welcome to bbc news. i'm lewis vaughan jones. our top stories: australia tells novak djokovic that no—one is above the rules as the tennis star has his visa cancelled over a covid vaccine exemption. on the issue of mr djokovic, rules are rules, and there are no special cases. the president of kazakhstan appeals for help from russia and neighbouring countries as protesters fight running battles with police and seize the international airports. investigating the capitol riots one year on: the us attorney general promises to hold to account everyone involved in the fatal attack in washington.
and the show won't go on: music's biggest night, the us grammy awards, is postponed indefinitely over covid fears. hello. welcome to the programme. the reigning australian open champion novak djokovic faces deportation from australia after flying in to melbourne to defend his australian open tennis title. the world number one, who has never declared his vaccination status, was granted a medical exemption to play. but he's now in a government detention hotel considering a challenge to his visa being revoked. mark lobel has the latest. shepherded to a government detention hotel. the tennis world number one hours after arriving
in melbourne, expecting to defend his australian open title after stating he was exempted from vaccination rules. but at the airport, federal authorities noticed a mistake with his application and he was quizzed there for over seven hours. the result for the tennis star, this time, was not what he wanted. on the issue of mr djokovic, rules are rules and there are no special cases. entry with a visa double vaccination or a medical exemption. i'm advised that such an exemption was not in place and, as a result, he is subject to the same rule as anyone else. i also want to stress that, ultimately, this is the responsibility of the traveller. it is for the traveller to be able to assert and back up their ability to come into the country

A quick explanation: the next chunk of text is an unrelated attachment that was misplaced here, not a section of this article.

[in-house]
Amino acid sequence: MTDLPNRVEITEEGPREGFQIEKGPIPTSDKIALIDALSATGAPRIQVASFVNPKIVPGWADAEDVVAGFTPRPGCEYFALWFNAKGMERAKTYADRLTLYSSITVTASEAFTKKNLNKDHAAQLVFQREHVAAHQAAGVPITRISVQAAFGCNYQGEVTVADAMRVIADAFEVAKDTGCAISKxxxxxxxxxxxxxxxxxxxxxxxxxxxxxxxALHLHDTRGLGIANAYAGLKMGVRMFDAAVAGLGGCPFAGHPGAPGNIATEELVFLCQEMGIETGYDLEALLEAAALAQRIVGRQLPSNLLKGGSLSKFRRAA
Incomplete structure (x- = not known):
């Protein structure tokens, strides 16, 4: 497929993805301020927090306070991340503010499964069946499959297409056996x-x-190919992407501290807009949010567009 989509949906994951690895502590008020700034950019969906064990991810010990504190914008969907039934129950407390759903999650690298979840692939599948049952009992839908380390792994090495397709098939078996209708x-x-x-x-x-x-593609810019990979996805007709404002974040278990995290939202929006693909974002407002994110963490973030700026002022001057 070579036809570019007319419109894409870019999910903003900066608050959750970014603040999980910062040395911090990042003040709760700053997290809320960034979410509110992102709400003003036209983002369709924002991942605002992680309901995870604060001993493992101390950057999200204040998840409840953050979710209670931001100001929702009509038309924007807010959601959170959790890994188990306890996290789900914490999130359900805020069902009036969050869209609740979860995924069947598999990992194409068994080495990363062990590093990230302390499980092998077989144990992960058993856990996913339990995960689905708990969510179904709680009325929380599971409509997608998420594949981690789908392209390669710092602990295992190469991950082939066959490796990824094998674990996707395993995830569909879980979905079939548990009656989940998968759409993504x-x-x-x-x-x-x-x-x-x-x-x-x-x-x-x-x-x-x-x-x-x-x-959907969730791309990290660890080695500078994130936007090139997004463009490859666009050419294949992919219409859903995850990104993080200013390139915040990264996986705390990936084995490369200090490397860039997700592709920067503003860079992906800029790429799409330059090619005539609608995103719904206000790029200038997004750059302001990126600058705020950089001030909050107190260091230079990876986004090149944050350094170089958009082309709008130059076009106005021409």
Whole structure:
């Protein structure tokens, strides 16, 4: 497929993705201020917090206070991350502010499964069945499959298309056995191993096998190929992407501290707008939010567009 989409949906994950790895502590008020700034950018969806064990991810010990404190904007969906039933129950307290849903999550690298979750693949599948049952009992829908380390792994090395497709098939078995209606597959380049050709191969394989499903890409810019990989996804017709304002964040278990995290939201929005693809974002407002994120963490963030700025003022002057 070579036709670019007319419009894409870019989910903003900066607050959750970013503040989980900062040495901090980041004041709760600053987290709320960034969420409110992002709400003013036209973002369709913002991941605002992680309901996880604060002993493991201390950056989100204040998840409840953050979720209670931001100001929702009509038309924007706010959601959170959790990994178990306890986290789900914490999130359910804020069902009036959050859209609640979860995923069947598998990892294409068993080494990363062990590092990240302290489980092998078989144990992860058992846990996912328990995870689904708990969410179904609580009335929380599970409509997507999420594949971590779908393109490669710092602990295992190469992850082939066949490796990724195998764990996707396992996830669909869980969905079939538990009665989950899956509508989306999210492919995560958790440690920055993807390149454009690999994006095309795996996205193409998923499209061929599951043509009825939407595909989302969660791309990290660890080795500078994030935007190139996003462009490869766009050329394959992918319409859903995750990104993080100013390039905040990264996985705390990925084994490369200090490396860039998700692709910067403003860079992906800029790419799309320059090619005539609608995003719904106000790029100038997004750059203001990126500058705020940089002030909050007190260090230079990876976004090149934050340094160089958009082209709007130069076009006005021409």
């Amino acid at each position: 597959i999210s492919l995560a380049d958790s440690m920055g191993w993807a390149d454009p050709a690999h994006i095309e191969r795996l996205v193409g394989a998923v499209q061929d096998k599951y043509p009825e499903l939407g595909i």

consistent with our laws. there's still mystery about what had originally had been agreed after the tennis star said he'd been granted exemption permission despite not being fully vaccinated. his team had not requested a visa that permits medical exemptions for being unvaccinated. djokovic has previously said he was opposed to vaccination. we expected this to be a bit of a saga, frankly, with novak djokovic. his vaccination status has been in question for a long time, ever since the australian open announced that they would have a mandatory vaccination policy, there's been a bit of a circus around the world number one. but saga seems to have developed into drama and very quickly into farce, quite frankly. it's extraordinary. australia is seeing tens of thousands of covid—19 cases for the first time after enduring some of the world's strictest restrictions. there was outrage across the country at the original decision to allow novak djokovic in. it's his choice